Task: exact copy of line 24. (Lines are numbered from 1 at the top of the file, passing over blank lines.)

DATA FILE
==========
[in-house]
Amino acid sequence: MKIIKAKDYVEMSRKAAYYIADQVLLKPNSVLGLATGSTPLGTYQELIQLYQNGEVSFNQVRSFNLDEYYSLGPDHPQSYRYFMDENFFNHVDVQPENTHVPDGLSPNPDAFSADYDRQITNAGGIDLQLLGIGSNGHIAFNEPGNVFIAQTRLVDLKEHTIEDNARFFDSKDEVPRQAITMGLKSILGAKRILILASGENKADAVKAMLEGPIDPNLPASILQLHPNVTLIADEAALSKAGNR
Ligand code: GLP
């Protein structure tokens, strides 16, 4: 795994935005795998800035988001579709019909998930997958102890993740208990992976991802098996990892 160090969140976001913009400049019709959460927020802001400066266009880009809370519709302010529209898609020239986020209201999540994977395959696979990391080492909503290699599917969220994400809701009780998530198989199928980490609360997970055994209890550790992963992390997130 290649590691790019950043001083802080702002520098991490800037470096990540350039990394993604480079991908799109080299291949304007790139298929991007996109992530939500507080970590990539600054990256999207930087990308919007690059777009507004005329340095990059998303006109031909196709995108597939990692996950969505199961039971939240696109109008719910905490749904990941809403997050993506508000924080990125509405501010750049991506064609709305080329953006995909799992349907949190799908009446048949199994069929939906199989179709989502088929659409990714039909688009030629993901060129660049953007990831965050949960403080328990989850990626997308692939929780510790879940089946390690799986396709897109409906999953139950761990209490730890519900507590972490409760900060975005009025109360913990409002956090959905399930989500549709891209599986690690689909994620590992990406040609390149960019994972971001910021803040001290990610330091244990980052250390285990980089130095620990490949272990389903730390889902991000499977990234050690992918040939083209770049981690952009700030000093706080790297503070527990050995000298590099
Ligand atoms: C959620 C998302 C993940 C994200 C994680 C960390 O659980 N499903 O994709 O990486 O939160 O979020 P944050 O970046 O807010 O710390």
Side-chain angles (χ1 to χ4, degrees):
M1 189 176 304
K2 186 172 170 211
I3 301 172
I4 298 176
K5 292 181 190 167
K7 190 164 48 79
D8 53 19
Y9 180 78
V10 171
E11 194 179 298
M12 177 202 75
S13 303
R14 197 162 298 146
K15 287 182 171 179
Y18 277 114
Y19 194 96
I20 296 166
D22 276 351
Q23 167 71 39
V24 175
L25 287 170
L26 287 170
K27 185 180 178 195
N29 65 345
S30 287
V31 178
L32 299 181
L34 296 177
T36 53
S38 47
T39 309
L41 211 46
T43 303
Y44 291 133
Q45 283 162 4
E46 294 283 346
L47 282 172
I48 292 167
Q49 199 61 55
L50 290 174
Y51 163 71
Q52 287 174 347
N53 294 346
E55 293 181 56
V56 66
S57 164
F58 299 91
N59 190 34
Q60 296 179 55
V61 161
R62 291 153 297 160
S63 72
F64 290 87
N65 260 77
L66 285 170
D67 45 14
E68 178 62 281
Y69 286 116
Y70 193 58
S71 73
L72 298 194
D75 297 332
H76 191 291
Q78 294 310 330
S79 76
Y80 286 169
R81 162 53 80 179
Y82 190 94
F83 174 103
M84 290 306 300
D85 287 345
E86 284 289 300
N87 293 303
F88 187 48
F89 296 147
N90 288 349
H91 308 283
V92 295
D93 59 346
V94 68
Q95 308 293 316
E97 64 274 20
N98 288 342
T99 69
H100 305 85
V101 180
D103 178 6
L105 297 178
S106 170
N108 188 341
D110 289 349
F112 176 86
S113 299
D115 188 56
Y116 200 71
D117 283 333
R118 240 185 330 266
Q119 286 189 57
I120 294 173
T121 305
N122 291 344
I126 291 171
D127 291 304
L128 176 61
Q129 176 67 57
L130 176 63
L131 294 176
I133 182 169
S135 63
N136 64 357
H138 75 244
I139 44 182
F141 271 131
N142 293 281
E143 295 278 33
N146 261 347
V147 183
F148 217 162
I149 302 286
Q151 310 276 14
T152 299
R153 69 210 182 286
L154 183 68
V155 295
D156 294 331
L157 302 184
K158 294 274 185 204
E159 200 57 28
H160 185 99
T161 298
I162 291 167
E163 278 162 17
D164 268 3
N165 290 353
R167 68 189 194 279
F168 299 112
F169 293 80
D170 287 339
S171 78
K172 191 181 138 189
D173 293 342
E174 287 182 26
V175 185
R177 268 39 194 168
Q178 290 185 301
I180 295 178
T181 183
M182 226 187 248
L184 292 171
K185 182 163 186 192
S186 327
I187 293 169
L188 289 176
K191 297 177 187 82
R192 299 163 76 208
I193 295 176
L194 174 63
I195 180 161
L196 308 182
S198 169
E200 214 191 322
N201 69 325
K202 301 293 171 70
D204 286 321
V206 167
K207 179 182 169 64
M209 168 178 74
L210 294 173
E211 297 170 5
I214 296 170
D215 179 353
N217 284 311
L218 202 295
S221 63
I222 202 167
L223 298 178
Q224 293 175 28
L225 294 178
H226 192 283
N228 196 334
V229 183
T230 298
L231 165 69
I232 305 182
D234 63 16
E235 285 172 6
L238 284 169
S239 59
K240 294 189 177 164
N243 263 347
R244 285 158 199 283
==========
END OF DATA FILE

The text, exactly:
D22 276 351